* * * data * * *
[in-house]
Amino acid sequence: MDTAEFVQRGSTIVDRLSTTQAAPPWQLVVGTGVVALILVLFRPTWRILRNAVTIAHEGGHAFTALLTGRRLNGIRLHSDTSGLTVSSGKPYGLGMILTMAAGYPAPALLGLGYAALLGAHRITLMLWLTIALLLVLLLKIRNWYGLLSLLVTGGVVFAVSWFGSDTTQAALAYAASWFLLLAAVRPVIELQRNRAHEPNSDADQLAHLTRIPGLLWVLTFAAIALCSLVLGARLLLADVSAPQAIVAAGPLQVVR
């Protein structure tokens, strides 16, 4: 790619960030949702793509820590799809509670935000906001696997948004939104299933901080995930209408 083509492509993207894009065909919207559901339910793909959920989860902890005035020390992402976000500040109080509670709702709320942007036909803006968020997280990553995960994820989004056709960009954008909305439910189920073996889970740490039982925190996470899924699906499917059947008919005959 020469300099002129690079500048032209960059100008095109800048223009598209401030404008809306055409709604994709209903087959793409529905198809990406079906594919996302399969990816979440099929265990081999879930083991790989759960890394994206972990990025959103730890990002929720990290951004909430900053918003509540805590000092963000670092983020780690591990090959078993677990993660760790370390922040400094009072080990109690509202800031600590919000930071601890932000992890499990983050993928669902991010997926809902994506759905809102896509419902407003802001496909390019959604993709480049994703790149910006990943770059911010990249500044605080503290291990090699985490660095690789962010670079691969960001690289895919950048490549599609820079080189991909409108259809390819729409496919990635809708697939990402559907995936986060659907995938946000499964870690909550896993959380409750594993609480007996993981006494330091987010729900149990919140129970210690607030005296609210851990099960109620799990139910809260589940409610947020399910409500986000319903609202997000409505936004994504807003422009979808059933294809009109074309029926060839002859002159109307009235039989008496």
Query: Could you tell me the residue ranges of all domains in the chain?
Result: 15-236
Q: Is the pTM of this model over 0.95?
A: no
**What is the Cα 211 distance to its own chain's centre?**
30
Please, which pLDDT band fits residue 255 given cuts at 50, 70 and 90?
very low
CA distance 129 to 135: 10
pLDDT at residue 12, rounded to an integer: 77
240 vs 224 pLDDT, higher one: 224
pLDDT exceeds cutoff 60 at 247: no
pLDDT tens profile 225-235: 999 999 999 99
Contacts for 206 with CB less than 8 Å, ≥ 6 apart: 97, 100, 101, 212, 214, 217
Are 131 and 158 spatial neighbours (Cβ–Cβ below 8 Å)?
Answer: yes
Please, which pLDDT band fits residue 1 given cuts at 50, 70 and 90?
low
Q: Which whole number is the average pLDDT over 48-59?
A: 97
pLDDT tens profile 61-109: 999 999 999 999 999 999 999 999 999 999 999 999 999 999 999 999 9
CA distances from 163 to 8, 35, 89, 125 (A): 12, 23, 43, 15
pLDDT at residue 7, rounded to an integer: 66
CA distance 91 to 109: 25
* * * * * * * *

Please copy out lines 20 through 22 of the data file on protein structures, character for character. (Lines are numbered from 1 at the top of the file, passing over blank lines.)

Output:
Please, which pLDDT band fits residue 1 given cuts at 50, 70 and 90?
low
Q: Which whole number is the average pLDDT over 48-59?